Abstract

Near-infrared laser pulses of a compact 80-MHz femtosecond laser source at 800  nm, a mean power of 15–100  mW, 170-fs pulse width, and millisecond beam dwell times at the target have been used for multiphoton-mediated nanoprocessing of human chromosomes. By focusing of the laser beam with high-numerical-aperture objectives of a scanning microscope to diffraction-limited spots and with light intensities of terawatts per cubic centimeter, precise submicrometer holes and cuts in human chromosomes have been processed by single-point exposure and line scans. A minimum FWHM cut size of 100 nm during a partial dissection of chromosome  1, which is below the diffraction-limited spot size, and a minimum material removal of 0.003 μm3 were determined by a scanning-force microscope. The plasma-induced ablated material corresponds to 1/400 of the chromosome  1 volume and to 65×103 base pairs of chromosomal DNA. A complete dissection could be performed with FWHM cut sizes below 200  nm. High-repetition-frequency femtosecond lasers at low mean power in combination with high-numerical-aperture focusing optics appear therefore as appropriate noncontact tools for nanoprocessing of bulk and (or) surfaces of transparent materials such as chromosomes. In particular, the noninvasive inactivation of certain genomic regions on single chromosomes within living cells becomes possible.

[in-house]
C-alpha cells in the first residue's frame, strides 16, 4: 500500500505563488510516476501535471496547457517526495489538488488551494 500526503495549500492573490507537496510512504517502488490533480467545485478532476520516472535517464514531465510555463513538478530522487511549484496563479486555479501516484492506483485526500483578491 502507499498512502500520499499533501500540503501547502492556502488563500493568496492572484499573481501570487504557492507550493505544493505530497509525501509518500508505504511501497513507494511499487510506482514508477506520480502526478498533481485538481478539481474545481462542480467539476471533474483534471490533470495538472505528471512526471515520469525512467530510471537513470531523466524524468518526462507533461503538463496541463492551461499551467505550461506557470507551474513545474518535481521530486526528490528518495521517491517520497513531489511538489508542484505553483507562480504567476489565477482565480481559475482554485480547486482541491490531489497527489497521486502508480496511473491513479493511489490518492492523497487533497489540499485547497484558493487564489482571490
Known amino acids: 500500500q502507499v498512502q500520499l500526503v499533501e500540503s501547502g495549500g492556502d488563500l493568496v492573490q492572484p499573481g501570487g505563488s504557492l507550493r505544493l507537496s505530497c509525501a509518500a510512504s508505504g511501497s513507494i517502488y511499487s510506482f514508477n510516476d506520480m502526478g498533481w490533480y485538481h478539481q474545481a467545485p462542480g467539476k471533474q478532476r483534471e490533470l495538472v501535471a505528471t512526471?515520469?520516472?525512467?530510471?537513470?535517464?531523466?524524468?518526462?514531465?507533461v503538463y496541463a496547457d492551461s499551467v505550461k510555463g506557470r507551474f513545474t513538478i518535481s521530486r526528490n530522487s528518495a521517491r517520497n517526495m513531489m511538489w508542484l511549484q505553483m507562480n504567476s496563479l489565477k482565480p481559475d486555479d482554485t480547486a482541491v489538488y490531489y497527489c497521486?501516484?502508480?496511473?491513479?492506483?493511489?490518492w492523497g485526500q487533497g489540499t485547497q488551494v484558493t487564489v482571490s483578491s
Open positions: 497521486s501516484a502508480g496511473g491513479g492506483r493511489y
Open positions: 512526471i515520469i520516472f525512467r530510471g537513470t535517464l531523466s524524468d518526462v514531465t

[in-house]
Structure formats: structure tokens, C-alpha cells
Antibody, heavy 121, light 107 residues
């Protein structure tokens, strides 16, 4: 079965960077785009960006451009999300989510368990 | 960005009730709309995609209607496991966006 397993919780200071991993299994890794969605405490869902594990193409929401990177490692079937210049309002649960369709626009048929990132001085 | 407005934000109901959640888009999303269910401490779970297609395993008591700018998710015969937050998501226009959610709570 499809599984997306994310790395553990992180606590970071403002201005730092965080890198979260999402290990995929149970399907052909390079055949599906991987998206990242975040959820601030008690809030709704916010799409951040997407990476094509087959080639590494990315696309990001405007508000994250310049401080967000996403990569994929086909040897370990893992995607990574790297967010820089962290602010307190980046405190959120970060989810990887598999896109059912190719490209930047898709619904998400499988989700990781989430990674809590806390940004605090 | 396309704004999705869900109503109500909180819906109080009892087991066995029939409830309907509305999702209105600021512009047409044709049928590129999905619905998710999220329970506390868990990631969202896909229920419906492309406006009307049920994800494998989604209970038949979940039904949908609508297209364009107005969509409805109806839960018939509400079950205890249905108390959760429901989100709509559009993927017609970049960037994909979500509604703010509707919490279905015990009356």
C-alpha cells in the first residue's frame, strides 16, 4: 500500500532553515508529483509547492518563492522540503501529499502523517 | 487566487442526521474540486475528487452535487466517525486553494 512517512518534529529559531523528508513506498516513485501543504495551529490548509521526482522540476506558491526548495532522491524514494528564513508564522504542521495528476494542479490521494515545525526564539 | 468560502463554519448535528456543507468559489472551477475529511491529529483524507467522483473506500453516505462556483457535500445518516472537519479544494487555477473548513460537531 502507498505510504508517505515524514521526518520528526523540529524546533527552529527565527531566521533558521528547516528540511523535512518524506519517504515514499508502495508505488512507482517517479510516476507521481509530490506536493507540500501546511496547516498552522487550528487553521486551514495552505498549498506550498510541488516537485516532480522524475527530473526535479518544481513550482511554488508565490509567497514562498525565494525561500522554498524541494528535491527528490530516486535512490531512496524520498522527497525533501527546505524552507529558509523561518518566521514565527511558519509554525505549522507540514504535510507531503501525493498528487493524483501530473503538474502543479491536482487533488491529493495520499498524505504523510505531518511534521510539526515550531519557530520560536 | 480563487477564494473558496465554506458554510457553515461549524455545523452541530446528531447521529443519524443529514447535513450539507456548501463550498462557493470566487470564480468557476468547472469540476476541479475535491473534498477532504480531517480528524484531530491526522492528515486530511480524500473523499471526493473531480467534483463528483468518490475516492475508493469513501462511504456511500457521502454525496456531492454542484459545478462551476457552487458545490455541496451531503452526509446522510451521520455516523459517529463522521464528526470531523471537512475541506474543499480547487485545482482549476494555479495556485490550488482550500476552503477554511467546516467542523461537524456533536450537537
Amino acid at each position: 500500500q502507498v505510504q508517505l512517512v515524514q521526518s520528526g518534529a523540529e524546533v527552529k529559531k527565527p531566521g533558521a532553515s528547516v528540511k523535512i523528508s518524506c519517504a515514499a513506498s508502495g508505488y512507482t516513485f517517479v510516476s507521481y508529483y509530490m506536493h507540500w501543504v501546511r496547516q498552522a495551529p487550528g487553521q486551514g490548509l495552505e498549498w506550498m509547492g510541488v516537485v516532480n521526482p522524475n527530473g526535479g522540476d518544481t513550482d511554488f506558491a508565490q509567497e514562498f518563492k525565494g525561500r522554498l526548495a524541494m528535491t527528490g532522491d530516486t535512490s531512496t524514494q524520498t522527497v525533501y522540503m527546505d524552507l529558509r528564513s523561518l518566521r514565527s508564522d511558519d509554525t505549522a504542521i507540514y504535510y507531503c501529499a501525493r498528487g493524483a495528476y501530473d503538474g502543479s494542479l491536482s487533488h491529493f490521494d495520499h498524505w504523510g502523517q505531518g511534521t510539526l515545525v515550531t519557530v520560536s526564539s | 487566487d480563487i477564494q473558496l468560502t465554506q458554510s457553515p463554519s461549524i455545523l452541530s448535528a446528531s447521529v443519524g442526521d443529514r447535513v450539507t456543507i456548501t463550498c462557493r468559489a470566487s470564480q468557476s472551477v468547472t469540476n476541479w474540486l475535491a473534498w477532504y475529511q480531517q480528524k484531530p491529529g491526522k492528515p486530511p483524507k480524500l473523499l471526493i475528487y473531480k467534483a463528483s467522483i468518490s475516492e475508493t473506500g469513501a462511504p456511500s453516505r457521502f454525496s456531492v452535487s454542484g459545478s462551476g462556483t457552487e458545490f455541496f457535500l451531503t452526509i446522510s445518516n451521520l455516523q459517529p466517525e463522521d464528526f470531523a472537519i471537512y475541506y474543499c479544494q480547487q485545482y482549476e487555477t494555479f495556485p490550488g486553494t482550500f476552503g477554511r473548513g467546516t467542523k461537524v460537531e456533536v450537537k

© 2001 Optical Society of America

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